Anthropology is the study of humankind. It is a holistic discipline that is divided into four subfields:
Archaeology, Cultural, Linguistics, and Biological. OC offers courses from all the subfields of anthropology.
The Anthropology Department at OC has developed new educational and training opportunities for students. Beginning in June 2014, the OC anthropology faculty began developing a research project focused on the study of a late-nineteenth century and early-twentieth century Japanese immigrant village on Bainbridge Island. The site, called Yama (45KP105), has regional and national significance since it is one of the only well preserved immigrant sites left from this era in the Pacific Northwest. Archaeologists from OC have developed a research plan to map the site and conduct select excavations geared toward documenting the village life of Japanese families in the community, how residents adapted to American customs, and how the village of approximately 300 people over 40 years contributed to the early economic growth of western Washington. Over the past 8 months, the team of anthropologists from OC have nominated Yama to the National Register of Historic Places, established a Task Force group represented by OC, Bainbridge Island Historical Museum, Kitsap County Historical Society and Museum, Bainbridge Island Parks, Bainbridge Historic Preservation Committee, and the Bainbridge Island Japanese American Community. In addition, OC students spent two months last summer combing over archival records contained in the Bainbridge Island Historical Museum where there is rich information about the Yama village residents in special collections of historic photographs, oral histories, census records, Port Blakely Mill documents, and cemetery records. Yama was a Japanese enclave within a large Port Blakely Mill operation and is the only preserved segment left of this world renowned lumber operation that developed and grew in Kitsap County.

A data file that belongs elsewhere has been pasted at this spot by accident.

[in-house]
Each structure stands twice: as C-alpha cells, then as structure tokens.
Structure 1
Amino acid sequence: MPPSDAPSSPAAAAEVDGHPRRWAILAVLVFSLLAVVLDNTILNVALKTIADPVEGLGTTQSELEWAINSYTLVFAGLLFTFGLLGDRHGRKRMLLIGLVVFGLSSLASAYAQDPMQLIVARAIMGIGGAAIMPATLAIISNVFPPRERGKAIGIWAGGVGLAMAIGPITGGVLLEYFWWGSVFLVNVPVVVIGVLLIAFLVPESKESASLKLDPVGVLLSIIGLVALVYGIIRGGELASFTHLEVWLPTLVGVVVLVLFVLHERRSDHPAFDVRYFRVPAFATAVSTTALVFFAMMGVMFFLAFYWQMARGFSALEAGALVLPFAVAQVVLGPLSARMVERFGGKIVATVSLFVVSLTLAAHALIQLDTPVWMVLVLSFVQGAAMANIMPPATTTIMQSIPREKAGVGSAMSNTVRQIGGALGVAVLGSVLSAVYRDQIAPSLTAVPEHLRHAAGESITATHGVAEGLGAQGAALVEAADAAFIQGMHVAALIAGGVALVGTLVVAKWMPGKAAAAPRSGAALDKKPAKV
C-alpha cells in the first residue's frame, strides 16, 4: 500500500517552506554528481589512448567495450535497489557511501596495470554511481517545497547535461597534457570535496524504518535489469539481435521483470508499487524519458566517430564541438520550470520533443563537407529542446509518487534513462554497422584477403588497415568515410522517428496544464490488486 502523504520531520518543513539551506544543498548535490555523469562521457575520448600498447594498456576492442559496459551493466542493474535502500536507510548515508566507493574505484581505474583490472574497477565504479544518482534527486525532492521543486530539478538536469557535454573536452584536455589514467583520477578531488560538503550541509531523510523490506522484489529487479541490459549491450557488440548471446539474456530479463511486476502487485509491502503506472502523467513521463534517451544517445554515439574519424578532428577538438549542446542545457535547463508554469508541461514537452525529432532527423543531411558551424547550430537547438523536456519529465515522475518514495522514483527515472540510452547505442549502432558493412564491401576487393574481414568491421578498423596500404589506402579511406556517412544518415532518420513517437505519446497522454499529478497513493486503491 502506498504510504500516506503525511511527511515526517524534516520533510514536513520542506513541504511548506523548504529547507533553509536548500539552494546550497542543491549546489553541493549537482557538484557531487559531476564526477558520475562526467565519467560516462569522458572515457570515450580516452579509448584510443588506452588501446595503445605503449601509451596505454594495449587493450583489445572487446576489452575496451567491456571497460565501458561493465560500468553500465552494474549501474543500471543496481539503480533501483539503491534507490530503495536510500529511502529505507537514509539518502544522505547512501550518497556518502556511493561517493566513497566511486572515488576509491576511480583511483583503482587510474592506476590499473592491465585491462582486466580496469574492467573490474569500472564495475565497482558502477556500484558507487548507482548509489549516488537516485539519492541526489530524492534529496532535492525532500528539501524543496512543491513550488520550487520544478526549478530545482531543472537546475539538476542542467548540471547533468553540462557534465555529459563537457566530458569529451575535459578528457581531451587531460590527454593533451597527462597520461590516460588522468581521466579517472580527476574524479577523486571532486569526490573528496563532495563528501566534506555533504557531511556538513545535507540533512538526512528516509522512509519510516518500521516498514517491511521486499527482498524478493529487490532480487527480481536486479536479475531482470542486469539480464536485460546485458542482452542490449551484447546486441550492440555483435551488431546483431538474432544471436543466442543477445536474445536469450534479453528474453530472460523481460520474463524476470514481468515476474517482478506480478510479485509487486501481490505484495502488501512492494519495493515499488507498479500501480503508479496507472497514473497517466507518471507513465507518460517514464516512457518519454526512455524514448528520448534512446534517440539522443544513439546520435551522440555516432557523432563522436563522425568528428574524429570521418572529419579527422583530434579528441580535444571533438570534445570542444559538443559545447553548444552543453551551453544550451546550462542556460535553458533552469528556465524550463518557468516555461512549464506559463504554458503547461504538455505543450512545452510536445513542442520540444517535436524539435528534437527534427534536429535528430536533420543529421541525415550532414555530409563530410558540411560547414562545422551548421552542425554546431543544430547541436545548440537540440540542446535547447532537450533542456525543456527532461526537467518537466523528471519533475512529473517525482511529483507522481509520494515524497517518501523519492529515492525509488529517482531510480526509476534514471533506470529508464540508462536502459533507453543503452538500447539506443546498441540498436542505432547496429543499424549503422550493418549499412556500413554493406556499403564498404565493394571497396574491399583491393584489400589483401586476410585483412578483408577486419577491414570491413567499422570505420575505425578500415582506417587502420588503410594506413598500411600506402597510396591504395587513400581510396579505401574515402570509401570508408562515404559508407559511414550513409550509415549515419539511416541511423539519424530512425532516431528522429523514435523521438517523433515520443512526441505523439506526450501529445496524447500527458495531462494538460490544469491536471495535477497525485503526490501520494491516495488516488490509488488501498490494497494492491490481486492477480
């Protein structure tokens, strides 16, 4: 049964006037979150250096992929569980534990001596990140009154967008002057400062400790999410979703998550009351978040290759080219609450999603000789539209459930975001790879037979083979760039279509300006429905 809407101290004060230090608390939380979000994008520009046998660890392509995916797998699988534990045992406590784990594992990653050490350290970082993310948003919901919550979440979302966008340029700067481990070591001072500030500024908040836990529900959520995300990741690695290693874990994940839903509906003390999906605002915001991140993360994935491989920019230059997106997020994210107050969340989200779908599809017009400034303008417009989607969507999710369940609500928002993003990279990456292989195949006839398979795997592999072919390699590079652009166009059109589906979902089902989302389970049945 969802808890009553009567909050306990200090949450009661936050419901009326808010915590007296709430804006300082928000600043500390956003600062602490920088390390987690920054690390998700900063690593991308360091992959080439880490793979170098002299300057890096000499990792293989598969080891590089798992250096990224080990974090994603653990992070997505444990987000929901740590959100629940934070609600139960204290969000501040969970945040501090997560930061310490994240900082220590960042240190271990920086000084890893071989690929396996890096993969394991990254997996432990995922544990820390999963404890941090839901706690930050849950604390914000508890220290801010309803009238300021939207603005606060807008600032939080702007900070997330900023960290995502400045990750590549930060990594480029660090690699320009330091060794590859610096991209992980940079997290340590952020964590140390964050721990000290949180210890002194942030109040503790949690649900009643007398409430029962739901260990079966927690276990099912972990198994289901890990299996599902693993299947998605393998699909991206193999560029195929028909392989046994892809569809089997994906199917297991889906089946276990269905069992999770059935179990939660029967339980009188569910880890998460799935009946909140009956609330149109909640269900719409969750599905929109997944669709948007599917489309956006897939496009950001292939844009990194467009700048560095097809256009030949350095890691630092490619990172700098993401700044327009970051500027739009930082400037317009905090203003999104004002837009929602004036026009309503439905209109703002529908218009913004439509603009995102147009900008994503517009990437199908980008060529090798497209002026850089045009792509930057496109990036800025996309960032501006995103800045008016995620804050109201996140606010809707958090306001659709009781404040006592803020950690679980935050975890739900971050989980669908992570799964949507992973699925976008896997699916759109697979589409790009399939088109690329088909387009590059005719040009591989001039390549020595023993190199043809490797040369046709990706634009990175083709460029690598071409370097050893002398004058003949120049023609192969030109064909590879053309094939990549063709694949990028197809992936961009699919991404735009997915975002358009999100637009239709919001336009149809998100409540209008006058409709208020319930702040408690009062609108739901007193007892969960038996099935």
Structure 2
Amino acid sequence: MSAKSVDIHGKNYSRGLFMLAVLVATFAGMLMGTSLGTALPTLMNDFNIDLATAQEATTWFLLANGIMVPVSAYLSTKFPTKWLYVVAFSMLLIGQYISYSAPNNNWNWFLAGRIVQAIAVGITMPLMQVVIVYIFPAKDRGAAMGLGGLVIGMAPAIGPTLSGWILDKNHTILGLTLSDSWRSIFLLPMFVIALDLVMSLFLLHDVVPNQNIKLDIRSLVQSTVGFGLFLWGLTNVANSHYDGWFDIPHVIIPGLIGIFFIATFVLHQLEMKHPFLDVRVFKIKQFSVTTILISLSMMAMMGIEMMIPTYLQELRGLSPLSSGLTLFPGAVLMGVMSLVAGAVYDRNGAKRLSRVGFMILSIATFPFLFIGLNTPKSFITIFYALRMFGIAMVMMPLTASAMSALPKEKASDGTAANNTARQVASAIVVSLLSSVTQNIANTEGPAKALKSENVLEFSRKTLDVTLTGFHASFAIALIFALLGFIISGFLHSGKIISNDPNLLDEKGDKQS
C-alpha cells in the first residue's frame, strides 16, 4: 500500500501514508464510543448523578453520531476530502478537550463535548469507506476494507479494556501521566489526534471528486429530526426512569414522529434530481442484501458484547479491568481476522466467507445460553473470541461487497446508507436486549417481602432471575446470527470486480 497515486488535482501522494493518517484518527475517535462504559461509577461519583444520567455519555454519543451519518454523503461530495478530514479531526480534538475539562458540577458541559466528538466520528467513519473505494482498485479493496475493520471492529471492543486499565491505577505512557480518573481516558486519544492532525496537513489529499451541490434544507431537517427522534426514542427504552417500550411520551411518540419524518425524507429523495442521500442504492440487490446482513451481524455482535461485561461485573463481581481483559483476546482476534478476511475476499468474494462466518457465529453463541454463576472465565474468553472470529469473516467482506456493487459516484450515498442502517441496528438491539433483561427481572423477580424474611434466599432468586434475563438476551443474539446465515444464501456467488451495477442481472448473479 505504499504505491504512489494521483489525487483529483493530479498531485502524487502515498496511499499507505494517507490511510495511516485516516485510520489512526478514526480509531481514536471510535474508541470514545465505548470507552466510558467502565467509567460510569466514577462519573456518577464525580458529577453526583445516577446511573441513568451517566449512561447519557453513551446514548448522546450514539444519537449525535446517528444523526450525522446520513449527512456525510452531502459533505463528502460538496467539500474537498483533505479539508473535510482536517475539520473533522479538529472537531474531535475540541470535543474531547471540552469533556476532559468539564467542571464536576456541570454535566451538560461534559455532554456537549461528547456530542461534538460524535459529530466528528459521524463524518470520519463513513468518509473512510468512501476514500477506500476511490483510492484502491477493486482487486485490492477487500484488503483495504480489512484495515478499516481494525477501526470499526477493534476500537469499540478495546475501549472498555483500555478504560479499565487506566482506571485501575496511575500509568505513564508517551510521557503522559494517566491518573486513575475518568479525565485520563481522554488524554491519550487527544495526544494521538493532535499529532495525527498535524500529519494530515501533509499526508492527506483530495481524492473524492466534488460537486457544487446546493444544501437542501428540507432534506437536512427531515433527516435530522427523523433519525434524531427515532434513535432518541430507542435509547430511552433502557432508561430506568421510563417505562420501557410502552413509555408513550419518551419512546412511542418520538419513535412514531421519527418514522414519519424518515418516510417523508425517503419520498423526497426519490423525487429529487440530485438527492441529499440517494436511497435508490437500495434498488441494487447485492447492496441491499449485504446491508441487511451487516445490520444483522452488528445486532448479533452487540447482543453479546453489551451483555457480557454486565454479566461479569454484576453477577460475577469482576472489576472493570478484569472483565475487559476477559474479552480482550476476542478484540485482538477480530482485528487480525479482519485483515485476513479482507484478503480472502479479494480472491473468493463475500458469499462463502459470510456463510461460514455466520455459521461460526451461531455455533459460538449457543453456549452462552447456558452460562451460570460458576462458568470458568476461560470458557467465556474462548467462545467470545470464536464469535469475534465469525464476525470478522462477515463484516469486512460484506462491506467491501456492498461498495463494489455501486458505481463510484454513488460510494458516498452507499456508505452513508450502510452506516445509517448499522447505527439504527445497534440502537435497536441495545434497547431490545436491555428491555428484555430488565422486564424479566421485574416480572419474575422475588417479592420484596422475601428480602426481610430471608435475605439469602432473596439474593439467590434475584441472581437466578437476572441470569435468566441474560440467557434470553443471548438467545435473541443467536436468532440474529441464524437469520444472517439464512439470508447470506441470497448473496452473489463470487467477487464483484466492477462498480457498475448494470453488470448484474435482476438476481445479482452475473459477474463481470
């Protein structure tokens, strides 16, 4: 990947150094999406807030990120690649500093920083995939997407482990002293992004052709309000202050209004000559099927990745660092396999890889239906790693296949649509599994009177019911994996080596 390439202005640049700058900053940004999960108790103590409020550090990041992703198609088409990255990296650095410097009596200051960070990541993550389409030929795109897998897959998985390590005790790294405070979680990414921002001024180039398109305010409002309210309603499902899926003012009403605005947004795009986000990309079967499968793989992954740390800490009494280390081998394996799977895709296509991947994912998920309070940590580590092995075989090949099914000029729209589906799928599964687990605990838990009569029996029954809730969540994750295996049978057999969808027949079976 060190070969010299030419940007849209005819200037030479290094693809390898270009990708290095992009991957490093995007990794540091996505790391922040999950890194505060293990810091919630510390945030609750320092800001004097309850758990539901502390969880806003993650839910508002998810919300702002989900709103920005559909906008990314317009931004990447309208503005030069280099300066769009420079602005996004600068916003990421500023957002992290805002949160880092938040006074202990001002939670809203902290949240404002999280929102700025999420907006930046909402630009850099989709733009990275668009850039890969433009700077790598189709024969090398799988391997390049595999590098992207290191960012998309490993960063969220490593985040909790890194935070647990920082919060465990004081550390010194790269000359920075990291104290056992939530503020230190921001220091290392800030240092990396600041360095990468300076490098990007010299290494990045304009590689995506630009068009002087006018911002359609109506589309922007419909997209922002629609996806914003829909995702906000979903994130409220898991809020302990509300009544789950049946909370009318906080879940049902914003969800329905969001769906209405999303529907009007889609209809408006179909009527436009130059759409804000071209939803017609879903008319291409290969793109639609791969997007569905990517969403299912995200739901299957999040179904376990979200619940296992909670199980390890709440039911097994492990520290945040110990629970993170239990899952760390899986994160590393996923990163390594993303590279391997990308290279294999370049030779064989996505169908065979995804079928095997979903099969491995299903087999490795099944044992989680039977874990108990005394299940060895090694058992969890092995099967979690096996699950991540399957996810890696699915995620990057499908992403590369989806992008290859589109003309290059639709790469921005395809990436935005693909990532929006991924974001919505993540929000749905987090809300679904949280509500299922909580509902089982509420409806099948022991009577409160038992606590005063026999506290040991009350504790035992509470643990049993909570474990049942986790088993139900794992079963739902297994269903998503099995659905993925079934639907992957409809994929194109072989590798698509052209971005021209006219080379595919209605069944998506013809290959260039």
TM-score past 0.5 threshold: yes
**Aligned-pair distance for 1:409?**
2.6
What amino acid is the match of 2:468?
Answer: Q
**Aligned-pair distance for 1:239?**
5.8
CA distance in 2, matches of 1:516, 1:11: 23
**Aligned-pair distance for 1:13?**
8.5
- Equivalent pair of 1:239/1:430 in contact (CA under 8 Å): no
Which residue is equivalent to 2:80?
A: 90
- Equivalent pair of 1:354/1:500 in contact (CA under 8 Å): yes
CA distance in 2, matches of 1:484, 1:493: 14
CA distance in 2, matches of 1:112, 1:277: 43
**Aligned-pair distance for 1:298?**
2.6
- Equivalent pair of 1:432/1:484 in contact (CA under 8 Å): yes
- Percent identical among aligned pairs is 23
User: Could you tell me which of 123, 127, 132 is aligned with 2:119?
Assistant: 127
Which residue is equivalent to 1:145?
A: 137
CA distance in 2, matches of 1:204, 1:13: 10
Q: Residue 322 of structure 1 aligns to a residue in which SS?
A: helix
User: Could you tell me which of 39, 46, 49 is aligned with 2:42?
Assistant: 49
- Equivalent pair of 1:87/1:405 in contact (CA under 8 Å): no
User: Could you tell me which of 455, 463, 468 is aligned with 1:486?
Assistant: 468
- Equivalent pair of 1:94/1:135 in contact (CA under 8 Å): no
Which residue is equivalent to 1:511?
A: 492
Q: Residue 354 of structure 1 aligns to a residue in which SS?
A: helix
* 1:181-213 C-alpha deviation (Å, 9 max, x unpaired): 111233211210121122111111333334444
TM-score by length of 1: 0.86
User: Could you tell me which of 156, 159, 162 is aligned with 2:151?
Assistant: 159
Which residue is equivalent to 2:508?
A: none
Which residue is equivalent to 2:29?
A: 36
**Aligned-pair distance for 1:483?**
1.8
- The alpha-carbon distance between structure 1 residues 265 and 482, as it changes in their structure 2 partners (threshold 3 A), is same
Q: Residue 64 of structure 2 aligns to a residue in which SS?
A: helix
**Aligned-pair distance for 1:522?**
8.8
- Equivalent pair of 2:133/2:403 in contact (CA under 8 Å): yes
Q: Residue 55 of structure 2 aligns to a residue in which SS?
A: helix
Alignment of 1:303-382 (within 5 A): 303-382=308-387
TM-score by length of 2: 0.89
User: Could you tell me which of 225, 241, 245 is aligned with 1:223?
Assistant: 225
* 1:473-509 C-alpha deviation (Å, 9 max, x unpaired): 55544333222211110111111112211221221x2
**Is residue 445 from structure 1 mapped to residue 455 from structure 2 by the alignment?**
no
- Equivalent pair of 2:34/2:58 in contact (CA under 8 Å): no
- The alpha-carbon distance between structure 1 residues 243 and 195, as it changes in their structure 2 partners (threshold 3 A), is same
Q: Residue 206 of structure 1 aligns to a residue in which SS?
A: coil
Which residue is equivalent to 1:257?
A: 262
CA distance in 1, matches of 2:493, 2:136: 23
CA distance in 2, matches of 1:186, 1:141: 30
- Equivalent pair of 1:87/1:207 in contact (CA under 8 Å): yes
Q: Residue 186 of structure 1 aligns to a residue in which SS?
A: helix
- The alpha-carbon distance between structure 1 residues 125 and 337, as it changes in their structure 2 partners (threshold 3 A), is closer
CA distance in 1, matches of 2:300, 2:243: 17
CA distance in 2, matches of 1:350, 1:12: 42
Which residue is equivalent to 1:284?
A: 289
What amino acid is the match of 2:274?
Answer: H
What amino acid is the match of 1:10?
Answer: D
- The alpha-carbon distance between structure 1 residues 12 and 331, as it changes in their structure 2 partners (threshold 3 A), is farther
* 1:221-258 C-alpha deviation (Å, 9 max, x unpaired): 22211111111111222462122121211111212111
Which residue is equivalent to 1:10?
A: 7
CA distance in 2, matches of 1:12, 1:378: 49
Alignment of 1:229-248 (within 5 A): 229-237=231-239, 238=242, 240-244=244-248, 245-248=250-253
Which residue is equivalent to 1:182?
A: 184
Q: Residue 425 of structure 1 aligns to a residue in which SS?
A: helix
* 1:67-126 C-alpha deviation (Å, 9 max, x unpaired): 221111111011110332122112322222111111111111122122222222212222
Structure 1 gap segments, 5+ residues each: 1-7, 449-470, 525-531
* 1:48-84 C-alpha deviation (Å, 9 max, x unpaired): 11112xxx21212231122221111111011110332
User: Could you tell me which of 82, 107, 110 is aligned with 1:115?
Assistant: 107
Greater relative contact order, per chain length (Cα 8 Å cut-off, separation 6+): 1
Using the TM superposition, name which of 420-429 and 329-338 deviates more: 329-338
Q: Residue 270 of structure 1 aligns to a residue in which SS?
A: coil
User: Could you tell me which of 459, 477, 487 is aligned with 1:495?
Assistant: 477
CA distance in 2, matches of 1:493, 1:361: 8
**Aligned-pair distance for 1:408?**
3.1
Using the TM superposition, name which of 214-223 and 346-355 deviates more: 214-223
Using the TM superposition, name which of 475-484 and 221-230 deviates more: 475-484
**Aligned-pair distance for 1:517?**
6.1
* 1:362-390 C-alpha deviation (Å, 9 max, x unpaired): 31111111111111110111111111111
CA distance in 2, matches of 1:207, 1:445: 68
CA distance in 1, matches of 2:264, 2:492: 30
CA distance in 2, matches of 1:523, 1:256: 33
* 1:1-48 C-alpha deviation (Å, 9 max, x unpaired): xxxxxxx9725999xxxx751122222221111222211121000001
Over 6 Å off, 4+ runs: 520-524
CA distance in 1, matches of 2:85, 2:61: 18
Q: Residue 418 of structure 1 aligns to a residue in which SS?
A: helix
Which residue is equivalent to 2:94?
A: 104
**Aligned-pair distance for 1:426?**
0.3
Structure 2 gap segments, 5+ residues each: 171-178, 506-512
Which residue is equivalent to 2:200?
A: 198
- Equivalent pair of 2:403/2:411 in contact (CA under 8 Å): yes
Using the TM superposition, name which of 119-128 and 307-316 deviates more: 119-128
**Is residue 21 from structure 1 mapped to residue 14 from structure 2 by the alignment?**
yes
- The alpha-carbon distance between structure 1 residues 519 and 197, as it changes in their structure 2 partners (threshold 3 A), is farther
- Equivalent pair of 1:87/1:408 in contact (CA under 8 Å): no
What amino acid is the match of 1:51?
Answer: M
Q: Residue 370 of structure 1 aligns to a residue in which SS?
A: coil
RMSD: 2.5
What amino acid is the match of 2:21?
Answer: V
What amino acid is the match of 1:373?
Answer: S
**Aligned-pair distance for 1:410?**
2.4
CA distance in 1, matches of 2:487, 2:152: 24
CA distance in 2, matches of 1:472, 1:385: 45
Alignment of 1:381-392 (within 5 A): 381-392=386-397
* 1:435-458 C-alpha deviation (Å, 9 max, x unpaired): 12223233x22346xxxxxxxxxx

The Yama site offers special opportunities for public education, student training, and professional work in preserving an important historic property. Anthropologists Caroline Hartse, Bob Drolet, and Floyd Aranyosi have been coordinating the efforts to establish a 3-year study of Yama beginning in summer 2015. This will include an Archaeological Field School sponsored by Olympic College, Museum exhibits of the recovered research at OC, Bainbridge Island Historical Museum and at Kitsap County Historical Society and Museum. Students from OC and other US colleges and universities will participate in fieldwork, exhibits, laboratory artifact analysis and have the opportunity to present research papers at public talks and professional meetings.
The goals of the Yama Project are to preserve and protect the archaeological site, document the Japanese culture and heritage associated with the village, and offer academic and public education opportunities that will enrich the cultural history of Western Washington.
Meet the Faculty and Students behind the Yama project
Caroline loves anthropology. While trained in all four subfield of anthropology, her Ph.D. is in cultural anthropology from the University of New Mexico. Her research interests are varied but include cultural change, psychological anthropology, anthropology of religion, and communitarian societies.